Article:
Having now acclimatised to top level football, Alexandra Popp’s athleticism and dynamism make her a fearsome opponent. Furthermore, her ability to shoot with either foot, her aerial strength and all-round determination have helped her make the step up into the senior German side seamlessly. She is well on her way to following in the rather large footsteps left by one Birgit Prinz.

Popp followed up winning the UEFA European Women’s U-17 Championship 2008 with the FIFA Women’s U-20 World Cup on home soil two years later. There she rounded off a superb tournament by collecting both individual awards - the adidas Golden Shoe for finishing as top scorer and the adidas Golden Ball for best player.

And she is eager for more success with the seniors. “Of course it’s our aim now to win the group and travel to the Women’s European Championship 2013,” Popp told FIFA.com in an exclusive interview. “We still have a very young team and therefore we need to keep working hard in order to win the title. But I’m positive and am looking forward to the Euros optimistically.”

As an 18-year-old, Poppi made her full international debut on 19 February 2010. She hit the ground running and scored her first goals at the Algarve Cup a few days later. In 2012 she was part of the Algarve Cup winning side that gave Silva Neid her first title as Germany head coach.

You can always get better. Not just us young players, but the experienced ones as well.

Alexandra Popp, Germany forward.

Popp has a simple explanation for why she was able to make the transition from junior to senior so smoothly. “As young players we’re incorporated really well here. We come up from the junior teams and are integrated straight away. Both the coaching staff and the other players constantly give you tips, which is very important and also helps build team spirit. Everything’s gone really well so far and us younger players feel great.”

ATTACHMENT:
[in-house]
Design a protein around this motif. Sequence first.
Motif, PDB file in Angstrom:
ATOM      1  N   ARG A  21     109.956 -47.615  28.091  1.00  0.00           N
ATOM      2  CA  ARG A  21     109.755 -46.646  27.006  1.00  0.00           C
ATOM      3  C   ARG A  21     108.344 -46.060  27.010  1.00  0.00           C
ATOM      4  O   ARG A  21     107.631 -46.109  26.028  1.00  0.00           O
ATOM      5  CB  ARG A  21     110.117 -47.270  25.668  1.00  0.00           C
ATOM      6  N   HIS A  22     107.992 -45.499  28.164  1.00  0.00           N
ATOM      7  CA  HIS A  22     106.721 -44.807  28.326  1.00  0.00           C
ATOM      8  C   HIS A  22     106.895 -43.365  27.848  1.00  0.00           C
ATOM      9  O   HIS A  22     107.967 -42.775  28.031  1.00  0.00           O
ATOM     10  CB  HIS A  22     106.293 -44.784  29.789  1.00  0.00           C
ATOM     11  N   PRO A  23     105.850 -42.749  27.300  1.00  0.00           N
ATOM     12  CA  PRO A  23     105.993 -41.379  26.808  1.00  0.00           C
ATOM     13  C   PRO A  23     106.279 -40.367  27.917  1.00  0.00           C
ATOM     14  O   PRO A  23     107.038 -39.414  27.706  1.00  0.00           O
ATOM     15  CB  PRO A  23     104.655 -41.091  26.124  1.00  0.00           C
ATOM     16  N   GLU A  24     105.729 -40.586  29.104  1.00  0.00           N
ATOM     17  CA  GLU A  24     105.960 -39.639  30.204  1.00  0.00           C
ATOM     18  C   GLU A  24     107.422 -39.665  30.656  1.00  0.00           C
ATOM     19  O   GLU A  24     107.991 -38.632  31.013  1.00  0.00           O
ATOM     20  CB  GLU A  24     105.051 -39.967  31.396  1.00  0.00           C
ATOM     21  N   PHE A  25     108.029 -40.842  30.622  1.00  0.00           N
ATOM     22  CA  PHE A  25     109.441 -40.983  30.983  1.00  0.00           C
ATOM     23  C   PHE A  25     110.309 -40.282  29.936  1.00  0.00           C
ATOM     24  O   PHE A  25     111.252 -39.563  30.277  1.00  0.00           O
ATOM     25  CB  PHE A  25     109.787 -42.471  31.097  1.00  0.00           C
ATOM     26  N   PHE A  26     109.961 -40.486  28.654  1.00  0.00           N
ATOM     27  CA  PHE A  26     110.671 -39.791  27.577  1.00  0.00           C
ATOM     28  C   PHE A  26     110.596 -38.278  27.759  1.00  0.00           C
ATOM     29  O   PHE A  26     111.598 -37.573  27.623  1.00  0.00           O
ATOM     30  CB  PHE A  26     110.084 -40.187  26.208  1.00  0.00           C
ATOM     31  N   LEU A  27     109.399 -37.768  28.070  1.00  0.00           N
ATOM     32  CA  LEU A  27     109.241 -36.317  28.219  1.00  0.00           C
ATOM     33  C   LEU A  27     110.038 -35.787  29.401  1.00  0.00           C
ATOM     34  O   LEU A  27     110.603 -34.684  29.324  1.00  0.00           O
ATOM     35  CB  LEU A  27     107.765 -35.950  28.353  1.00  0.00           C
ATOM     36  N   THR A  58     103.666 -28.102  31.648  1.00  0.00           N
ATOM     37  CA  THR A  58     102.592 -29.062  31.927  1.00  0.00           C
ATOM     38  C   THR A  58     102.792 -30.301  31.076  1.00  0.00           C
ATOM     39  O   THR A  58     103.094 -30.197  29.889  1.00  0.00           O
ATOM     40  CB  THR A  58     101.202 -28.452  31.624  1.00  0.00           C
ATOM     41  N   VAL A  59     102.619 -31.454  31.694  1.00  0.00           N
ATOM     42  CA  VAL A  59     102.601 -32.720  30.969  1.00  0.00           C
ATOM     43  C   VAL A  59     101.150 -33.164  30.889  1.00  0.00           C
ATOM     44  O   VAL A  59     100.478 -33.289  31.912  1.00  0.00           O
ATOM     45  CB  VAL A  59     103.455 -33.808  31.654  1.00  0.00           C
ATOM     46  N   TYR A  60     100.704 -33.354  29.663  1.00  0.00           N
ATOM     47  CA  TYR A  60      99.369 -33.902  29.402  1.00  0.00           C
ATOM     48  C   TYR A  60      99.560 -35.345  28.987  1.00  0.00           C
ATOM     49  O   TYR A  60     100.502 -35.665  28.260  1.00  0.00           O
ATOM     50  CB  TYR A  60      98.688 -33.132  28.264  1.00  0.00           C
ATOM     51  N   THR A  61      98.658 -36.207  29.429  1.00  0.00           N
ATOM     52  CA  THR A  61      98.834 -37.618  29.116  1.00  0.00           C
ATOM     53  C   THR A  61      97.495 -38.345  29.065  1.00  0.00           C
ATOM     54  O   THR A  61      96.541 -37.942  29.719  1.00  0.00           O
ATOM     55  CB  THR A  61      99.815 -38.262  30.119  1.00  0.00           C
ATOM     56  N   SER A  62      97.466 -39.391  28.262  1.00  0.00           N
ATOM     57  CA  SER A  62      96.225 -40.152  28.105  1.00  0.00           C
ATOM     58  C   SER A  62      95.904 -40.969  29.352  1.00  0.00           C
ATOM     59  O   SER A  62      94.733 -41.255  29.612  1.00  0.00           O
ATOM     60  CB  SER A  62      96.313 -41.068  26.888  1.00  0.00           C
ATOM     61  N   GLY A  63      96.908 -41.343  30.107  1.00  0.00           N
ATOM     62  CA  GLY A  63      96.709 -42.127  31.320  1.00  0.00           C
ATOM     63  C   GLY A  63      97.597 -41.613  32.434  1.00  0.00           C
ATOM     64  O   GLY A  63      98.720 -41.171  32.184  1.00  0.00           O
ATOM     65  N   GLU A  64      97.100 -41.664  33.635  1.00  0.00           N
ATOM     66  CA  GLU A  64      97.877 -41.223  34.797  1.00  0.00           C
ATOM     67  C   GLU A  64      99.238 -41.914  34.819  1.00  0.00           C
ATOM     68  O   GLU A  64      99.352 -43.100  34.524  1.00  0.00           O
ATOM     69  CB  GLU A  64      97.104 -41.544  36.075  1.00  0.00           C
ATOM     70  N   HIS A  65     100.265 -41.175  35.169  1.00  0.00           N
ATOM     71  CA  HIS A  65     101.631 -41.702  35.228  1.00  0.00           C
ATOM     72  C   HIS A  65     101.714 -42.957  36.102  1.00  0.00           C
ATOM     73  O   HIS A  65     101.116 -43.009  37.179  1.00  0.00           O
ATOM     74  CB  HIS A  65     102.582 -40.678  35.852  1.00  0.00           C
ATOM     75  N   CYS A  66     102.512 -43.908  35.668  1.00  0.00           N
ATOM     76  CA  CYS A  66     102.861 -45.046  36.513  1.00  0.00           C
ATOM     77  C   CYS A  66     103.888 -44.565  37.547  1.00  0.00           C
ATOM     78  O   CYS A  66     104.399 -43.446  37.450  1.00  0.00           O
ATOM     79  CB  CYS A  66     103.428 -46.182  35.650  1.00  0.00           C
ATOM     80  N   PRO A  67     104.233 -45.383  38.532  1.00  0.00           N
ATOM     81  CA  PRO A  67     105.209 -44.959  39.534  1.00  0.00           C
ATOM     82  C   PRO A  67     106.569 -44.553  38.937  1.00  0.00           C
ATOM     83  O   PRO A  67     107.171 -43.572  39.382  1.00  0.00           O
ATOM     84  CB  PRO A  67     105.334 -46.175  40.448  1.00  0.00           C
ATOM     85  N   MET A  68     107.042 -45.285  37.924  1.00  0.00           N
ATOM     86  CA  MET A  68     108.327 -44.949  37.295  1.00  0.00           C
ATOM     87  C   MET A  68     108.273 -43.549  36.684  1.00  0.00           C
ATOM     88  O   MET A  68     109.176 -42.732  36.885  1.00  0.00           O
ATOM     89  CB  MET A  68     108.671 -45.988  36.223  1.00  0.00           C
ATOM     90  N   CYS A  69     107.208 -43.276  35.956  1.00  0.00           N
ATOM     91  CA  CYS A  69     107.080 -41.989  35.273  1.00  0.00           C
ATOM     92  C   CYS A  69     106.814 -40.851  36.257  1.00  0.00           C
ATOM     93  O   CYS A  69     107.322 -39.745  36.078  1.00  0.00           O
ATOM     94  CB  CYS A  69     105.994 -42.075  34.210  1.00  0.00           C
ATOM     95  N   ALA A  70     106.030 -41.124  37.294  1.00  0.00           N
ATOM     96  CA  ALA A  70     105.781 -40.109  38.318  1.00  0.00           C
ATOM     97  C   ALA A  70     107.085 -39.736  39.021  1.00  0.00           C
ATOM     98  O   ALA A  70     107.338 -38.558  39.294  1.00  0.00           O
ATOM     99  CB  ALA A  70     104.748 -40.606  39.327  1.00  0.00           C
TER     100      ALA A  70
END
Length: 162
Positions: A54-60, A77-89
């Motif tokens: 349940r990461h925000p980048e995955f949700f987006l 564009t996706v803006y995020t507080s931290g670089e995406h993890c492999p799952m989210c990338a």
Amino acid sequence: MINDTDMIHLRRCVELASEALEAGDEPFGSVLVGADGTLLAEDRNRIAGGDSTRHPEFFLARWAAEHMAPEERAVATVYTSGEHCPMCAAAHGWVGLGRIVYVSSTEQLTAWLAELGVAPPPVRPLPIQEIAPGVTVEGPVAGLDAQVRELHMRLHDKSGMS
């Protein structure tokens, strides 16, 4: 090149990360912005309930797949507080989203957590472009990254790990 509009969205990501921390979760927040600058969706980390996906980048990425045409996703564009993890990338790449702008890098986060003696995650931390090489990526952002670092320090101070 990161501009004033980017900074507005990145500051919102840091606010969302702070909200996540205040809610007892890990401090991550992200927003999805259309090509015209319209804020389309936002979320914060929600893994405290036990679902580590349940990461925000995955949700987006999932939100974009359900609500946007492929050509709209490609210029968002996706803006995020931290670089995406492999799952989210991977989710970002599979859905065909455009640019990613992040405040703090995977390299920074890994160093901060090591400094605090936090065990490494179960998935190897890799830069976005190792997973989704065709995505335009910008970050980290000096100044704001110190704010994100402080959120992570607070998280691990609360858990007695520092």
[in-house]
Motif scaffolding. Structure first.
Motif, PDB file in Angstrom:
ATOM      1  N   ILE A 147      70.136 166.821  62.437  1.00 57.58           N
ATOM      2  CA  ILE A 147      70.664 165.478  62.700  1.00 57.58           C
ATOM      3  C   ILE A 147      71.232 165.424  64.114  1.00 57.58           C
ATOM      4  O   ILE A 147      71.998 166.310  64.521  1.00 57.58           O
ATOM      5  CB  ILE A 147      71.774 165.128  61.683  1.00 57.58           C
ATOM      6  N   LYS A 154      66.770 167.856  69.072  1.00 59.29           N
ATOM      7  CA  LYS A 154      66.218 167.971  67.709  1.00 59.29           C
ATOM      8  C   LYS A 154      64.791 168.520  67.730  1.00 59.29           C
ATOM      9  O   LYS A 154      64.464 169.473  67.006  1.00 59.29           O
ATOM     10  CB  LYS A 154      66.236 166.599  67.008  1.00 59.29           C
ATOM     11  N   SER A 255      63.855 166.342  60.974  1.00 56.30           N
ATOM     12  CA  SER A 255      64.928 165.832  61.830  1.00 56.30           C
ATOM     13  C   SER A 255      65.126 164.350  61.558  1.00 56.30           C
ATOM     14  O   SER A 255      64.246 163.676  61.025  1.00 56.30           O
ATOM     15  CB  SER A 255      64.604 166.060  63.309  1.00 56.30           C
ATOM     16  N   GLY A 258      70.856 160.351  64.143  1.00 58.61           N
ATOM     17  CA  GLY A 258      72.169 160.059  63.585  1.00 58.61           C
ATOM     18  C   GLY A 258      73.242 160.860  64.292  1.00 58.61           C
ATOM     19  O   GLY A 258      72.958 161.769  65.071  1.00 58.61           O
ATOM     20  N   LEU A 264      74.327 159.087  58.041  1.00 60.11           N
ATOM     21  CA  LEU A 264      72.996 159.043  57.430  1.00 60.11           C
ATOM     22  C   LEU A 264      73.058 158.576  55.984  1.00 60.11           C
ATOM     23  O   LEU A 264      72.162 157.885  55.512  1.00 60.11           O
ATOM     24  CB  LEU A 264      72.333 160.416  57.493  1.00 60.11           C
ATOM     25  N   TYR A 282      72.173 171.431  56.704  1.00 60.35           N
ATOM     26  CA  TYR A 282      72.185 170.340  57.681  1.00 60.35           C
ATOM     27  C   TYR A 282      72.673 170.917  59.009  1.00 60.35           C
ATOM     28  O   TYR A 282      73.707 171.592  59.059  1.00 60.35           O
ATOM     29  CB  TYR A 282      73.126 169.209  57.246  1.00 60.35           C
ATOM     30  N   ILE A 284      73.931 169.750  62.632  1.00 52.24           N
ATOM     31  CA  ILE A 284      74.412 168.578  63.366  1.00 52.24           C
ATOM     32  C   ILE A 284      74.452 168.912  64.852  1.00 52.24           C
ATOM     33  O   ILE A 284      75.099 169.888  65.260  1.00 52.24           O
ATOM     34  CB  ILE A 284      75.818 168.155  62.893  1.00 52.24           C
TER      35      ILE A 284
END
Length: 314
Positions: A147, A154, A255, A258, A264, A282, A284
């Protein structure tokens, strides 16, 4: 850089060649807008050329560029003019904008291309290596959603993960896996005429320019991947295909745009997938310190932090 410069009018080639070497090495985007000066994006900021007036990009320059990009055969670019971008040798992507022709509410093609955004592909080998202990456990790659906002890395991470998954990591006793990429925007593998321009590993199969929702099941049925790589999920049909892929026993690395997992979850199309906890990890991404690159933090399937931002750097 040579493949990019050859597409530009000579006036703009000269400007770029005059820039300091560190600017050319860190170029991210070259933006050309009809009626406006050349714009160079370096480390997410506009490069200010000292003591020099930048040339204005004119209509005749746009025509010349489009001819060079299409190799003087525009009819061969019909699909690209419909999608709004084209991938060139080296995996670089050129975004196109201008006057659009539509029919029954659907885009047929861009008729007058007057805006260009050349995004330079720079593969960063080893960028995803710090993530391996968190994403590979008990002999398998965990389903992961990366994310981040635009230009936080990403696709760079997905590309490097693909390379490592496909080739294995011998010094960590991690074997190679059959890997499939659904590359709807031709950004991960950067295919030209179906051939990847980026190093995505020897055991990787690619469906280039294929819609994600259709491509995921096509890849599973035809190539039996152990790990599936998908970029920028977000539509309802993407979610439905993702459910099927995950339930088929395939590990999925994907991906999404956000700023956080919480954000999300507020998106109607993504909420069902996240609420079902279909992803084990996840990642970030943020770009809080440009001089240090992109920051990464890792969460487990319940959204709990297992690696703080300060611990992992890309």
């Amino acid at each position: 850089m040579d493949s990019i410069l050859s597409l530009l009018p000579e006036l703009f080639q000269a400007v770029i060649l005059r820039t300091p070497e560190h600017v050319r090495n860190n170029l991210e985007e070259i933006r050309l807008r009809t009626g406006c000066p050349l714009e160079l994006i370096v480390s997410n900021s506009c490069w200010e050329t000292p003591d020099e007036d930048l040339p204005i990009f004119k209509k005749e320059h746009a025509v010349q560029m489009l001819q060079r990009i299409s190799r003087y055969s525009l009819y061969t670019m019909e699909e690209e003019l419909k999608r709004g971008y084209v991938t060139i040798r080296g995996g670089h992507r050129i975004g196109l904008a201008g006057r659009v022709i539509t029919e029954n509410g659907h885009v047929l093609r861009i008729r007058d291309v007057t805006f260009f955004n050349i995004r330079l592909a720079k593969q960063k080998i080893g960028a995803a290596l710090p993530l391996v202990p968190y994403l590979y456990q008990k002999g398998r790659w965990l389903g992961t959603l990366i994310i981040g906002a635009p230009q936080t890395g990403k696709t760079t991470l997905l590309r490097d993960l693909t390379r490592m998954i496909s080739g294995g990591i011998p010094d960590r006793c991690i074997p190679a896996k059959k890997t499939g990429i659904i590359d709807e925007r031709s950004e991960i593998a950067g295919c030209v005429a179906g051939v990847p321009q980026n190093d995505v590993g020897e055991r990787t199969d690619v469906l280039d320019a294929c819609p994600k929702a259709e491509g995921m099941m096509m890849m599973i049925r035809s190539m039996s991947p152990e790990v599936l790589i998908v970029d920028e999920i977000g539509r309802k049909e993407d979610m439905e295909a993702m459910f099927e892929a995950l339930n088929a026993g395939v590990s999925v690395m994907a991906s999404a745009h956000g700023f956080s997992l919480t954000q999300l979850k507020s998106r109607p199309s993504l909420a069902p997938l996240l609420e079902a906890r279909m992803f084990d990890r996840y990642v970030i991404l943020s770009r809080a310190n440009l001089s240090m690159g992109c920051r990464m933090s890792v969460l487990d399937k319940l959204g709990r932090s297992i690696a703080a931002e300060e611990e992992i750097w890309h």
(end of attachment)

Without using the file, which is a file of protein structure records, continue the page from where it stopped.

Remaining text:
Popp’s accomplishments to date are not only down to her extraordinary talent, but also have much to do with her attitude and ambition. “You can always get better. Not just us young players, but the experienced ones as well,” said the striker. “There is still a lot of room for improvement. We’re just getting started and I’m very confident that we will still get better.”

It is easy to see why she has become so feared in the penalty area, given the strength of her resolve off the pitch: “We never think about giving up or letting our heads hang. That’s just not our way,” Popp added.

Still only 21, Popp already plays like an seasoned professional. 19 goals in 29 appearances for the German team tell their own story and of course make her one of the key members in the side. Yet she is not content to stop there.

“I still feel like I have a lot of potential. I constantly need to practice with my weaker foot. I can shoot with it, but I can definitely still improve my accuracy and power,” Popp said.

“On top of that I still need to control and fight for the ball better in certain situations. I need to use my body more cleverly to get between the ball and the opponent in order to link up the play.” If Popp continues to work hard on her game and becomes shrewder on the pitch, there is no telling where her talent could take her.